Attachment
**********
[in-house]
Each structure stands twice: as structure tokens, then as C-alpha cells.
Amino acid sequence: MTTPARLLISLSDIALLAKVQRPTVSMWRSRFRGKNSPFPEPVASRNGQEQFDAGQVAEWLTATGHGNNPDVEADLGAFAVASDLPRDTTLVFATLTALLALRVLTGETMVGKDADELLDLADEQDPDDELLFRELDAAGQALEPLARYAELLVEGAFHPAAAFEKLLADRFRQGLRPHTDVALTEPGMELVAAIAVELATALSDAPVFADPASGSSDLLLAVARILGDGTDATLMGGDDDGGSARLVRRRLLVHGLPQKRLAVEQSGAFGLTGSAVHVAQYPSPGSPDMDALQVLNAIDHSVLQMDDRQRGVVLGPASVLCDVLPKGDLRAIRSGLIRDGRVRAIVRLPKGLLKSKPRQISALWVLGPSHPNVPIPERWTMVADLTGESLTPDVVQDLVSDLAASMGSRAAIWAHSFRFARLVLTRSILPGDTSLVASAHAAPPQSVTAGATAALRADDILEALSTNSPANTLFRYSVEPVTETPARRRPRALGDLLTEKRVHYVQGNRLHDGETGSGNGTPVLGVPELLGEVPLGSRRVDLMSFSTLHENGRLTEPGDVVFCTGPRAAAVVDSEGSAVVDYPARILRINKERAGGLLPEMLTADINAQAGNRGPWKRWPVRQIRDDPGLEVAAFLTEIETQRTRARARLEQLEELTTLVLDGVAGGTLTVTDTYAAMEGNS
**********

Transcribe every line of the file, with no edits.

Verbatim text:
[in-house]
Each structure stands twice: as structure tokens, then as C-alpha cells.
Amino acid sequence: MTTPARLLISLSDIALLAKVQRPTVSMWRSRFRGKNSPFPEPVASRNGQEQFDAGQVAEWLTATGHGNNPDVEADLGAFAVASDLPRDTTLVFATLTALLALRVLTGETMVGKDADELLDLADEQDPDDELLFRELDAAGQALEPLARYAELLVEGAFHPAAAFEKLLADRFRQGLRPHTDVALTEPGMELVAAIAVELATALSDAPVFADPASGSSDLLLAVARILGDGTDATLMGGDDDGGSARLVRRRLLVHGLPQKRLAVEQSGAFGLTGSAVHVAQYPSPGSPDMDALQVLNAIDHSVLQMDDRQRGVVLGPASVLCDVLPKGDLRAIRSGLIRDGRVRAIVRLPKGLLKSKPRQISALWVLGPSHPNVPIPERWTMVADLTGESLTPDVVQDLVSDLAASMGSRAAIWAHSFRFARLVLTRSILPGDTSLVASAHAAPPQSVTAGATAALRADDILEALSTNSPANTLFRYSVEPVTETPARRRPRALGDLLTEKRVHYVQGNRLHDGETGSGNGTPVLGVPELLGEVPLGSRRVDLMSFSTLHENGRLTEPGDVVFCTGPRAAAVVDSEGSAVVDYPARILRINKERAGGLLPEMLTADINAQAGNRGPWKRWPVRQIRDDPGLEVAAFLTEIETQRTRARARLEQLEELTTLVLDGVAGGTLTVTDTYAAMEGNS